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Young money or big name rock star? Yankees face new era without Rodriguez

Bryce Harper of the Washington Nationals
Getty Images

Welcome to the future, New York Yankees.

With the retirements of Alex Rodriquez and Mark Teixeira, the Bronx Bombers continue to drift further away from the original star-packed high-priced roster that hoisted the Commissioner's Trophy in 2009. For some, therein lies the rub.

The club is now looking toward a painstaking process of forming a new nucleus around fresh talent. A hint of that was seen on Saturday, when the Yankees promoted two top rookies, Aaron Judge and Tyler Austin, to the team, who made an instant impact in their debut.

Following years of mediocrity and missing the playoffs in two of the last three seasons, the Yankees are now embarked begin an unfamiliar chapter: Rebuilding.

Rarely have the Yankees settled on cultivating talent through the ranks of its farm system. Historically, when the club struggled, management turned to signing big names like Rodriguez, Jason Giambi and Jacoby Ellsbury.

However, before this season's trade deadline, the Yankees dumped MLB-ready players to invest in some of the game's most promising minor league prospects. Despite Judge and Austin's impressive debut on Saturday, this raw talent likely won't translate to wins for the club until at least 2018, when several key free agents are also expected to enter the market.

So will the club spend less, build from within and ultimately depart from an approach that George Steinbrenner championed for over three decades? Or will the Yankees be buyers once again?

If that's the case, one of the most desirable name on the market will undoubtedly be Bryce Harper. The 23-year-old Washington Nationals right fielder is a 4-time all-star, reigning National League MVP and currently has his club sitting in first place in the National League (NL) East standings.

For super-agent Leigh Steinberg, the decision to go after Harper is a no-brainer.

"The Yankees, in terms of playoffs and world series, have not been competitive for some time," explained Steinberg to CNBC in a phone interview.

With the Yankees' recent decline, and the departure of stars like Derek Jeter, Mariano Rivera, Teixeira and Rodriguez, one could argue that the Bronx is in dire need of a marketable star like Harper, who is set to become a free agent in 2018.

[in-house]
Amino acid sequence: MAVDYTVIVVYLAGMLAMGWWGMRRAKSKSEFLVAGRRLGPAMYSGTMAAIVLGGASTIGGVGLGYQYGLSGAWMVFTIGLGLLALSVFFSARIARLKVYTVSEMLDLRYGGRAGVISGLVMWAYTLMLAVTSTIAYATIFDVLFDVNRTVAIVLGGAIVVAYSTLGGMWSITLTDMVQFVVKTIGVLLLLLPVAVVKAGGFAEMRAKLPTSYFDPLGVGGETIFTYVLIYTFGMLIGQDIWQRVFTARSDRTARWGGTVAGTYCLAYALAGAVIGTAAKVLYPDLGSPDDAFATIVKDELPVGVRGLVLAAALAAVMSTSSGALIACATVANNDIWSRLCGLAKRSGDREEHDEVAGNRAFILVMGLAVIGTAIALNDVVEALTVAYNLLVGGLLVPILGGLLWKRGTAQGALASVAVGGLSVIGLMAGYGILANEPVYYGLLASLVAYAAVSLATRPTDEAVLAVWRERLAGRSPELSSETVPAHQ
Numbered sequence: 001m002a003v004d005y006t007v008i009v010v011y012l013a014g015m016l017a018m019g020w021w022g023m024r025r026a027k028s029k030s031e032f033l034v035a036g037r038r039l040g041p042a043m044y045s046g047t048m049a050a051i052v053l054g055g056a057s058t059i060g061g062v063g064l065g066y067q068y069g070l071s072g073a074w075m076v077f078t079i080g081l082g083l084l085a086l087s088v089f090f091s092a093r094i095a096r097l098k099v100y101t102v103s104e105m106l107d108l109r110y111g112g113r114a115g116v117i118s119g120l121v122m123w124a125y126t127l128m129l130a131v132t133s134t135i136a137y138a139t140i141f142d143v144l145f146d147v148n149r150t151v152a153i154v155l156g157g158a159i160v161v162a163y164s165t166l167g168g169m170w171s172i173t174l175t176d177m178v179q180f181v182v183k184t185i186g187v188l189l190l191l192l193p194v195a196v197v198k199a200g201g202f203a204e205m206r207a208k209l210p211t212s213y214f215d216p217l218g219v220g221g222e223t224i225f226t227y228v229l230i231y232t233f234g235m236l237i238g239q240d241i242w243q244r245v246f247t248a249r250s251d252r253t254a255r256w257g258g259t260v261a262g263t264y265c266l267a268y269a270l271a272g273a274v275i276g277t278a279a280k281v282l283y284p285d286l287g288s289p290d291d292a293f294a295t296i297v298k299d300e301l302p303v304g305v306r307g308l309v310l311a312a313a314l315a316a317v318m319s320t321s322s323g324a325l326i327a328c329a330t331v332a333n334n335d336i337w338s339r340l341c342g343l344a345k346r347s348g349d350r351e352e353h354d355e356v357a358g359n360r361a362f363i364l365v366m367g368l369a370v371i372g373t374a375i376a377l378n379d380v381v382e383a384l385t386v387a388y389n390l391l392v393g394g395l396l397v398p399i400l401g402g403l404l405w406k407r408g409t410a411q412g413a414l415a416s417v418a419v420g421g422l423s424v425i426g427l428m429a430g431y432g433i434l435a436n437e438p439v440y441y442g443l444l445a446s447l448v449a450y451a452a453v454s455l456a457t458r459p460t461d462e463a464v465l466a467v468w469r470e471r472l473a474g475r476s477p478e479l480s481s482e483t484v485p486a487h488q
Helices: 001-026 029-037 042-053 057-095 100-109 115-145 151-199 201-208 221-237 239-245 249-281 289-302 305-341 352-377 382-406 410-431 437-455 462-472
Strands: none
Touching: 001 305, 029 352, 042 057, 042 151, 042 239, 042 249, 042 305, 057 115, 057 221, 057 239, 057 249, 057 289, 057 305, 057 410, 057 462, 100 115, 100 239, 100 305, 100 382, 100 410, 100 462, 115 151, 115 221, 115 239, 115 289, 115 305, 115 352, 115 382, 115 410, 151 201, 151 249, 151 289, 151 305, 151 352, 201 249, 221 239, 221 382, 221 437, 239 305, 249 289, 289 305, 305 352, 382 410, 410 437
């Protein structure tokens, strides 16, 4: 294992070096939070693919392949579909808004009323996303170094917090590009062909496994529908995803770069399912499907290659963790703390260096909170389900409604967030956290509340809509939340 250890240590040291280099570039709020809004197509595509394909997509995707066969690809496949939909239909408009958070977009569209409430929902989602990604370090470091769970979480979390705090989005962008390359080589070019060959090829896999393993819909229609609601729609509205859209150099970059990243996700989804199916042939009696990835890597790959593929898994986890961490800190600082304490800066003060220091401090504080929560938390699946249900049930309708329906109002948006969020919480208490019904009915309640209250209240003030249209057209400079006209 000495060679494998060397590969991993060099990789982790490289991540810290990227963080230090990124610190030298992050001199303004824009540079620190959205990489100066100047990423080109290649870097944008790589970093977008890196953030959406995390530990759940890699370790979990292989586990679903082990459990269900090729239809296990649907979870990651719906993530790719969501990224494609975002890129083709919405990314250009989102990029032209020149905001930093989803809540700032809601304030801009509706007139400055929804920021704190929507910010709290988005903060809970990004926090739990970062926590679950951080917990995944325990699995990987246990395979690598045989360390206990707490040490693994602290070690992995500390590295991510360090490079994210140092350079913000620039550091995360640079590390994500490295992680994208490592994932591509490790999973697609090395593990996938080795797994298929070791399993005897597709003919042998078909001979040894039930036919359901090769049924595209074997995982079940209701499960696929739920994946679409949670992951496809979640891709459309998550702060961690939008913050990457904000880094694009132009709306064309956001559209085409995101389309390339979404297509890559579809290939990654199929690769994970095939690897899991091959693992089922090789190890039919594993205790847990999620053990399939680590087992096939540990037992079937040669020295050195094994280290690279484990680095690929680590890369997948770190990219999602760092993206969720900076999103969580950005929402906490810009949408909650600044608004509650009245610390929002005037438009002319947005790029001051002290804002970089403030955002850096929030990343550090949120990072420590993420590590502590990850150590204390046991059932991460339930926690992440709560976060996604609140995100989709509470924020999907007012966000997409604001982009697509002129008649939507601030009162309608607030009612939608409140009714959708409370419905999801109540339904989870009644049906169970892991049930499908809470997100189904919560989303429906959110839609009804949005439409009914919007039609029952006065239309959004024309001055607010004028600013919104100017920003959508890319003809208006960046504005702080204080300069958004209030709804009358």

Here's the catch: Harper has already played for the Yankees.

Once upon a time, Harper was a 17-year old earning his GED in order to become eligible for the MLB First-Year Player Draft. Harper then enrolled in junior college in his hometown of Las Vegas to keep his skills sharp. He won a Golden Spikes Award, which is given to the nation's top amateur baseball player.

There's rampant speculation that the Bombers are among the front-runners to land Harper when he becomes eligible for free agency. If the stars align in the Bronx and the Yankees can sign Harper, a fresh dynasty could be taking shape.

"They're the team that initially mastered the art of re-loading through free agency and I expect them to spend again and be dramatically aggressive," Steinberg said.

"The expectations are so high I think it will very difficult for them to do a slow re-build. Adding stars to the mix is absolutely necessary because Yankees fans are not long-suffering fans."

Teen years in Pinstripes

Bryce Harper during a Yankees’ youth league game on July 14th, 2009
Brian Price | CNBC

On a scalding hot day on July 14th, 2009, dozens of kids and their families saved up and made a family trip to the Bronx in order to have their kids evaluated by MLB coaches and scouts.

In addition to the pro-franchise and the accompanying farm system teams, the Yankees (as well as the Red Sox) have 18-and-under "youth urban initiative" teams to showcase amateur talent. Making one of these prospect teams can be the fast track to being noticed (and drafted) by a pro club.

The Yankees' youth team is known as "Hank's Yanks " sponsored by Yankees part-owner and co-chairman, Hank Steinbrenner.

For Harper, it was his first trip to New York, and he was there to play baseball in a near-empty Yankee Stadium in front of a handful of baseball gurus and the parents of his teammates. Harper had been dubbed "Baseball's Chosen One " by Sports Illustrated and every team, Yankees included, were angling to get him

Baseball, from a revenue standpoint, is in the midst of a gold rush.
Leigh Steinberg
Sports agent

At the time, Harper didn't smear eye black all over his face like tribal war paint. He pretty much kept to himself. He didn't have to be gregarious; everybody knew who he was and what he was capable of because a few months earlier, during a high school home run derby in Tampa Bay, he hit the longest ball in the history of Tropicana Field at a distance 502 feet.

With that kind of reputation it was no wonder that Yankees' General Manager Brian Cashman made his way down to the field just in time to see Harper take batting practice. Cashman was there to address the players, but it was clear his top priority was to see Harper in action. The Yanks exec was not disappointed.